How Kathy Griffin Helped Trump, Based on Brain Science

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It’s difficult to see in the fog of war, but comedienne Kathy Griffin did Donald Trump a huge favor. Before I explain, look at all the benefits Trump got from Griffin’s decapitation humor:

Kathy Griffin’s career disaster is a classic example of overplaying one’s hand. For a while, Trump jokes were the easiest laugh you could get. But with so much material created by so many comedians, our brains developed tolerance. I’ll explain.

Laughter is a chemical response. Endorphins and dopamine are the chemicals associated with laughter. They’re also the chemicals that nicotine stimulates.

When you smoke your first cigarette, you get a mighty rush. You feel so good that the smell and taste of burning leaves doesn’t bother you.

Your second cigarette feels just as good. But if you measured the endorphins and dopamine levels, you’d see that the second cigarette was slightly less effective than the first. If you keep smoking, you’ll eventually need stronger cigarettes and more of them to approximate the same happiness you got from your first.

The bad news gets worse. Because you’ve artificially stimulated your happy circuits for so long, your brain forgets how to make itself happy.

That’s how dependency works. Exposure to a chemical builds tolerance which leads to dependency.

And it works with jokes, too.

How funny is the funniest joke you ever heard the third time you hear it?

Because of tolerance, it’s getting harder and harder to make people laugh with Trump jokes. Everybody’s heard them all. So comedians have to ramp up the shock factor. And they have been. And it was working.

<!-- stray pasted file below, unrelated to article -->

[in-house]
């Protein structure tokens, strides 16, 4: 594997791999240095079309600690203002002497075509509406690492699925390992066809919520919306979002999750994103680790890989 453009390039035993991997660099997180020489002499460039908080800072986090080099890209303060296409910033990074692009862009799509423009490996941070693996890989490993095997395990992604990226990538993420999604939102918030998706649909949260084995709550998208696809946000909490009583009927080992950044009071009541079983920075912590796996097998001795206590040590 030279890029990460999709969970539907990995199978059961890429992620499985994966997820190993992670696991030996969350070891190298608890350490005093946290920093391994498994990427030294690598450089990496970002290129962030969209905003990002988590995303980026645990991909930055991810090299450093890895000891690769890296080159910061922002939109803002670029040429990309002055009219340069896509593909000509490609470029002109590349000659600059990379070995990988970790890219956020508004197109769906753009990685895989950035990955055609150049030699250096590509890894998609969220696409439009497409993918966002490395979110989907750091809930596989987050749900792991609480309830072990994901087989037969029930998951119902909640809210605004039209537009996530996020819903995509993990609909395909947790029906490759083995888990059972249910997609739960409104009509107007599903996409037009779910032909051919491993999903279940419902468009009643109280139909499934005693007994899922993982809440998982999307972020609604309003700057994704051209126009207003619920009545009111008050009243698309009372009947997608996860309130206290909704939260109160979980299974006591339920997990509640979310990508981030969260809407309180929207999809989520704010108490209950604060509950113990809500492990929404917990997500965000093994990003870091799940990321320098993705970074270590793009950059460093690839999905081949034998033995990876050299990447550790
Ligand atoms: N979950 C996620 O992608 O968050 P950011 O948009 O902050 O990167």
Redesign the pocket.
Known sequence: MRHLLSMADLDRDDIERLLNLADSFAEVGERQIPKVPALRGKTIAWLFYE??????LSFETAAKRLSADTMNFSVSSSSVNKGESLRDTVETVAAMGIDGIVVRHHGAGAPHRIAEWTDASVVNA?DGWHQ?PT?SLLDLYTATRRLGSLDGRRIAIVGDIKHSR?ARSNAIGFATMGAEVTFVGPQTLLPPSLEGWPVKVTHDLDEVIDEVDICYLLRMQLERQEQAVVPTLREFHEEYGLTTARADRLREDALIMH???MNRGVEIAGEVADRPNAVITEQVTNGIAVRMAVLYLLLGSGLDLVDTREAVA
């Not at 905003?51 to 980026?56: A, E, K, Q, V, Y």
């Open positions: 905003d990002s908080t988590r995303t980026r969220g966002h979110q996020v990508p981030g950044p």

Until Kathy Griffin went too far.

Now, Trump jokes feel stale and cynical. Because Kathy Griffin jumped the shark. Griffin went too far by cutting off Donald Trump’s head in a simulation.

As her punishment, she:

That’s a lot of punishment for going too far. And it indicates that people have said “enough is enough” when it comes to Trump jokes.

What’s great for Trump is that the opposite of laughter, in this case, is empathy. People who were laughing at Trump jokes last week empathize with him and his family today. They won’t admit it, but a chemical analysis of their brains would confirm it. When people see Trump now, they’ll release more oxytocin and less cortisol. Oxytocin makes us feel connection to other people, even affection. Cortisol is the stress hormone that makes us feel anxious.

Public affection for Trump will increase for a few weeks. You won’t see a major change in the polls for some time, but you will see the lying, rotten media treat him a little bit more fairly.

And you’ll probably see the media turn their rottenness against Hillary Clinton instead. So will the DNC. And our brains will get the message: you elected the right candidate last year.

That will give people a whole new bias to confirm.